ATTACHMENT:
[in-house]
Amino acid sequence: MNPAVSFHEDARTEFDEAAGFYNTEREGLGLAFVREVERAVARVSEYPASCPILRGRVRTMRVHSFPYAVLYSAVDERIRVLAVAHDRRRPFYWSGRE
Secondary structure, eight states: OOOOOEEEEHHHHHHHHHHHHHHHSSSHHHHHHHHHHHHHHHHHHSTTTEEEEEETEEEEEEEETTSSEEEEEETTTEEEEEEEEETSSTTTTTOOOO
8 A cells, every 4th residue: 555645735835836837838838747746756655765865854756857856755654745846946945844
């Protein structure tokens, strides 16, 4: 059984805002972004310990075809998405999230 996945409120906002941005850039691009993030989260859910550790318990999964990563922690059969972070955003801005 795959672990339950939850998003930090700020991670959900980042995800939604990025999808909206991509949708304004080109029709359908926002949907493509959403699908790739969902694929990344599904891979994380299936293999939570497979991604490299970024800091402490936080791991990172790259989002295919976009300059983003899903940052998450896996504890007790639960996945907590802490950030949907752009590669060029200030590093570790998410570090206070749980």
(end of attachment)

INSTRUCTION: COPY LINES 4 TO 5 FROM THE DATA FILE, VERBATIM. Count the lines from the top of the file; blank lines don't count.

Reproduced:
8 A cells, every 4th residue: 555645735835836837838838747746756655765865854756857856755654745846946945844
């Protein structure tokens, strides 16, 4: 059984805002972004310990075809998405999230 996945409120906002941005850039691009993030989260859910550790318990999964990563922690059969972070955003801005 795959672990339950939850998003930090700020991670959900980042995800939604990025999808909206991509949708304004080109029709359908926002949907493509959403699908790739969902694929990344599904891979994380299936293999939570497979991604490299970024800091402490936080791991990172790259989002295919976009300059983003899903940052998450896996504890007790639960996945907590802490950030949907752009590669060029200030590093570790998410570090206070749980």